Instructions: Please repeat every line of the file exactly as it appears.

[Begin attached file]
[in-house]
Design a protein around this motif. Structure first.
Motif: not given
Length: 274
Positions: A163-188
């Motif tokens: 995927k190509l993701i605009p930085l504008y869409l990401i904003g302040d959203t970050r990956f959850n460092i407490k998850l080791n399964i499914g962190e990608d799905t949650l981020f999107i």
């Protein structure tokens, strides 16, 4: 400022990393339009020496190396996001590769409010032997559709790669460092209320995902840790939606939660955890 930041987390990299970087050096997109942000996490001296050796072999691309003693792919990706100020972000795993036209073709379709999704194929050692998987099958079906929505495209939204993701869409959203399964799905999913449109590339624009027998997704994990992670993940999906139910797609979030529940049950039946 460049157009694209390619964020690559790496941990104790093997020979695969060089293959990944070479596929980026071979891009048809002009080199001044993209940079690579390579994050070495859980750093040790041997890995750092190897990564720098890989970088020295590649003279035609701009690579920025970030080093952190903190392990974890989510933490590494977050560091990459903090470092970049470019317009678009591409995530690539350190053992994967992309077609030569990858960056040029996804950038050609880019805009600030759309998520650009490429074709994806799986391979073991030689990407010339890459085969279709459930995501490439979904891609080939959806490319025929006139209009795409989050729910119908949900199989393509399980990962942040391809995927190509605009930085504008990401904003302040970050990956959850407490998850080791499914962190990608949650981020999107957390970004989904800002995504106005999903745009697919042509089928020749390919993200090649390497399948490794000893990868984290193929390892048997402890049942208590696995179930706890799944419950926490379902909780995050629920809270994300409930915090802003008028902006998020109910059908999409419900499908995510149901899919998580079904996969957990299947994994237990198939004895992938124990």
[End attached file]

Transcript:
[in-house]
Design a protein around this motif. Structure first.
Motif: not given
Length: 274
Positions: A163-188
């Motif tokens: 995927k190509l993701i605009p930085l504008y869409l990401i904003g302040d959203t970050r990956f959850n460092i407490k998850l080791n399964i499914g962190e990608d799905t949650l981020f999107i």
């Protein structure tokens, strides 16, 4: 400022990393339009020496190396996001590769409010032997559709790669460092209320995902840790939606939660955890 930041987390990299970087050096997109942000996490001296050796072999691309003693792919990706100020972000795993036209073709379709999704194929050692998987099958079906929505495209939204993701869409959203399964799905999913449109590339624009027998997704994990992670993940999906139910797609979030529940049950039946 460049157009694209390619964020690559790496941990104790093997020979695969060089293959990944070479596929980026071979891009048809002009080199001044993209940079690579390579994050070495859980750093040790041997890995750092190897990564720098890989970088020295590649003279035609701009690579920025970030080093952190903190392990974890989510933490590494977050560091990459903090470092970049470019317009678009591409995530690539350190053992994967992309077609030569990858960056040029996804950038050609880019805009600030759309998520650009490429074709994806799986391979073991030689990407010339890459085969279709459930995501490439979904891609080939959806490319025929006139209009795409989050729910119908949900199989393509399980990962942040391809995927190509605009930085504008990401904003302040970050990956959850407490998850080791499914962190990608949650981020999107957390970004989904800002995504106005999903745009697919042509089928020749390919993200090649390497399948490794000893990868984290193929390892048997402890049942208590696995179930706890799944419950926490379902909780995050629920809270994300409930915090802003008028902006998020109910059908999409419900499908995510149901899919998580079904996969957990299947994994237990198939004895992938124990």